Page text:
BAA welcomes construction sponsorship change
"THE British Aggregates Association has welcomed the news that sponsorship of the construction industry is being transferred from the Department of the Environment, Transport and the Regions to the Department of Trade and Industry. The Association had campaigned for such a move for many months, highlighting the problems arising from the failure of the DETR to provide effective sponsorship for the quarrying industry."
"Welcoming the change, BAA director Robert Durward said the Association was also hopeful that the appointment of Patricia Hewitt, formerly the minister for small business, as Secretary of State at the DTI would herald a prompt revision of the aggregates levy. ‘It is becoming increasingly clear that, owing to the added burden of the aggregates tax, many UK quarries will rapidly succumb to foreign competition, with materials being shipped in from countries with no tax and less environmental controls,’ he said."
"‘Although imported aggregates will be charged the £1.60 levy, merchants will only import sizes they can sell and will not have the problem of disposing of less-popular materials. Furthermore, as a result of government efforts to avoid contravening EC laws banning border taxes, imports will not be subject to the aggregates tax on arrival but only when sold to end-users."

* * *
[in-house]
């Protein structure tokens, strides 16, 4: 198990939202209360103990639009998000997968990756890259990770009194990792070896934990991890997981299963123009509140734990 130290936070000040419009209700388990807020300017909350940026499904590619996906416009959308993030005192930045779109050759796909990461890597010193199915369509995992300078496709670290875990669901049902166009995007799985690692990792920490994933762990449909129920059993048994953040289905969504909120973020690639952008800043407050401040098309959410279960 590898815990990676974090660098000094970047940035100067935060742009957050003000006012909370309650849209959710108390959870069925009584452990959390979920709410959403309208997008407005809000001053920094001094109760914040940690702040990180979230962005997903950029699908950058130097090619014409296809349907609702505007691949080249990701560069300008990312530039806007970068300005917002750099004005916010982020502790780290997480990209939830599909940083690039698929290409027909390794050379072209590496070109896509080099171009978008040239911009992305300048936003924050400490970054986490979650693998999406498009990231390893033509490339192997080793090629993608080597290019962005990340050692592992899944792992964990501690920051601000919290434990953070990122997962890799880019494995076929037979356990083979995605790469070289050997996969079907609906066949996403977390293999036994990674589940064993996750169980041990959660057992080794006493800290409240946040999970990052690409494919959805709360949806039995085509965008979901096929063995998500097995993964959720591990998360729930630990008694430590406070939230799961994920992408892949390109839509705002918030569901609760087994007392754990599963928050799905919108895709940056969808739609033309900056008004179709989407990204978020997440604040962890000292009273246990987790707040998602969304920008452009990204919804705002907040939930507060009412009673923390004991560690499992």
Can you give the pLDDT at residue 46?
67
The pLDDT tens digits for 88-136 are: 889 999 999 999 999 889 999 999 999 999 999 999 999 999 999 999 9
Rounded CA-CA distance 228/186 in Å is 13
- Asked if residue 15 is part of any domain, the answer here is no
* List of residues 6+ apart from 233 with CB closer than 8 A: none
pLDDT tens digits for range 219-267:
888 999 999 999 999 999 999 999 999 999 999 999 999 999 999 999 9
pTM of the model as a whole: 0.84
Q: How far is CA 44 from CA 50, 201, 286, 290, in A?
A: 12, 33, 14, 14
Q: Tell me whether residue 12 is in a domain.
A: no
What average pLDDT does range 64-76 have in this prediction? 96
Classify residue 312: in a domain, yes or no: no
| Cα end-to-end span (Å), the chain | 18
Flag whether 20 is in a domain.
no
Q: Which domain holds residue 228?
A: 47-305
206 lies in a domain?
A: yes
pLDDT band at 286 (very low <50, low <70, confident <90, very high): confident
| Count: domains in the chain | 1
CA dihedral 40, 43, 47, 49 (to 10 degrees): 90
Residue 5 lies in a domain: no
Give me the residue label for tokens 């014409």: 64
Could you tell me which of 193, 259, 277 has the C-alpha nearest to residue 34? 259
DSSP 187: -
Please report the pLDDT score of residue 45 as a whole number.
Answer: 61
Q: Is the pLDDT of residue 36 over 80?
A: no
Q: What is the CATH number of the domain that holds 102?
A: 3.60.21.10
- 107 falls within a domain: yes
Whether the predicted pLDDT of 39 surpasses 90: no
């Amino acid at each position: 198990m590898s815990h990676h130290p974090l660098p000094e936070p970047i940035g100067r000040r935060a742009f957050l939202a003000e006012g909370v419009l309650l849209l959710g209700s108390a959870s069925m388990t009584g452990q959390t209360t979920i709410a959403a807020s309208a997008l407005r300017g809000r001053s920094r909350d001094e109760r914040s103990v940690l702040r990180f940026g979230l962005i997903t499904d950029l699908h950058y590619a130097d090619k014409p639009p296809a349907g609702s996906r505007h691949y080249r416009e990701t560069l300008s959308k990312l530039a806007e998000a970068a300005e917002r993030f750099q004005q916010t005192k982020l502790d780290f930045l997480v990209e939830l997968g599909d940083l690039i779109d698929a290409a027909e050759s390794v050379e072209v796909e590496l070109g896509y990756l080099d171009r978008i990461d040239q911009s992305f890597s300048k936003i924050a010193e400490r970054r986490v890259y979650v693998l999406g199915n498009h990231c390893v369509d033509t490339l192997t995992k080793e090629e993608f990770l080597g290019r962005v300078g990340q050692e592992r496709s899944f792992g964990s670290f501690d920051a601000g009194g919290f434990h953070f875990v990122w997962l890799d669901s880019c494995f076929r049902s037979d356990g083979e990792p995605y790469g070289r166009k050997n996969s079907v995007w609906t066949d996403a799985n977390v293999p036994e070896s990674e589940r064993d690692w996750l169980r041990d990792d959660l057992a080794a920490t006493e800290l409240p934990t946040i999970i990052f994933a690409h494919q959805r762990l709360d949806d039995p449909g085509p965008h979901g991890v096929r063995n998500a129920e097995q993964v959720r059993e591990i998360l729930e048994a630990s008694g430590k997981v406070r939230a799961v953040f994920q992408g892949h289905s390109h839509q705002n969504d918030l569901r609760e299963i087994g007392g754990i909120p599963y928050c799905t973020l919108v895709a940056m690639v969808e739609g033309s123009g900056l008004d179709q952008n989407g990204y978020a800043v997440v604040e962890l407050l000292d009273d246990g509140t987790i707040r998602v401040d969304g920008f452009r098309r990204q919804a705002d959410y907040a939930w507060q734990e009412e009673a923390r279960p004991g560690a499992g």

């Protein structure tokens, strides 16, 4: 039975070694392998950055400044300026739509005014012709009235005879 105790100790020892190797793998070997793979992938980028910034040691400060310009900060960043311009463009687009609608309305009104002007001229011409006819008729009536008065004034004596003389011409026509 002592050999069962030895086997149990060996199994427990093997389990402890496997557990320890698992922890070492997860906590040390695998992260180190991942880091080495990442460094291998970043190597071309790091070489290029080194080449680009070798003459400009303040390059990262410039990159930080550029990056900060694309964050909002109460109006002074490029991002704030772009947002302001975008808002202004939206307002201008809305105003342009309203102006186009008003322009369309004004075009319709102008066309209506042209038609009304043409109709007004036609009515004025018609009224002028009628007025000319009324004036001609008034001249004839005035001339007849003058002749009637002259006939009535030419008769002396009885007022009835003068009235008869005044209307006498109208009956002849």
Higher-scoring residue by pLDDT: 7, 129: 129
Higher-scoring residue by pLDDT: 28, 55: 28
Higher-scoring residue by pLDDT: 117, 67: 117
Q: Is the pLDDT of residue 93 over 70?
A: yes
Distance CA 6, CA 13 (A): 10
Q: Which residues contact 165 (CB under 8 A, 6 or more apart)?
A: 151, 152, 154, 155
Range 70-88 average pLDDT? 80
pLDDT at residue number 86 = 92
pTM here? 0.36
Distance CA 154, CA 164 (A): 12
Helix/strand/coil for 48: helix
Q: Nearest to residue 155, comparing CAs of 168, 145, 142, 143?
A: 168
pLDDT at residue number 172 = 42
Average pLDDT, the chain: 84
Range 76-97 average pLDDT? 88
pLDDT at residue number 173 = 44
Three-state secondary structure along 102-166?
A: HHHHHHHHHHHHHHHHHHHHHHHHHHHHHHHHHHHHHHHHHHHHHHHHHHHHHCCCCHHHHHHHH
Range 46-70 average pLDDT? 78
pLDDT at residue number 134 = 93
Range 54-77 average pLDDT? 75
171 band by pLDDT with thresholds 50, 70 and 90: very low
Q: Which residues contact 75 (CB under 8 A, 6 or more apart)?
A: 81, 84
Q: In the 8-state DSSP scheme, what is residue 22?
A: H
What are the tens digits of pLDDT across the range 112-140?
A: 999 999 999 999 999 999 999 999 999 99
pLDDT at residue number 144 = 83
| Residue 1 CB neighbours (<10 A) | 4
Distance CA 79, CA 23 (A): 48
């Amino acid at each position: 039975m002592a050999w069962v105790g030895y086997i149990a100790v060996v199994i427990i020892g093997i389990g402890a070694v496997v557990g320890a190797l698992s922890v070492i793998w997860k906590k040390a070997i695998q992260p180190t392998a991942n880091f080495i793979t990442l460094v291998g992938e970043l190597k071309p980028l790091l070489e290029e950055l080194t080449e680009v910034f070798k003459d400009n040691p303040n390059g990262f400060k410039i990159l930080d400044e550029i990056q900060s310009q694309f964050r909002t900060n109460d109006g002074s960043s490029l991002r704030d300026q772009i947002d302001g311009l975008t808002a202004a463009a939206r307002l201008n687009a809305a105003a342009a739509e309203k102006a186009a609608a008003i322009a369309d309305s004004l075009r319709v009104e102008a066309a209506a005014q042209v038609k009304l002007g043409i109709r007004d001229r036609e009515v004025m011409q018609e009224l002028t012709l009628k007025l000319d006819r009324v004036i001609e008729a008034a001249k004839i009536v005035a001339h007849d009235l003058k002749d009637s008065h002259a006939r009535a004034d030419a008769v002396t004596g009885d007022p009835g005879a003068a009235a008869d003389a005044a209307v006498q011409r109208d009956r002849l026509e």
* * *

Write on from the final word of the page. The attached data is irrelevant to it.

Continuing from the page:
"‘Although the aggregates tax was borne out of a stated aim to protect the environment, the opposite will be the case. The UK quarrying industry is the most tightly regulated in the world with the highest standards of health and safety and the best staff welfare, however aggregates will now be shipped in from countries with much less control and lower standards.’"
"The BAA highlighted this problem during a lengthy meeting with the Treasury and the DTI last month, where government officials were forced to admit that they had not realized that import substitution would be such an issue and gave their assurance that they would look into the Association’s figures."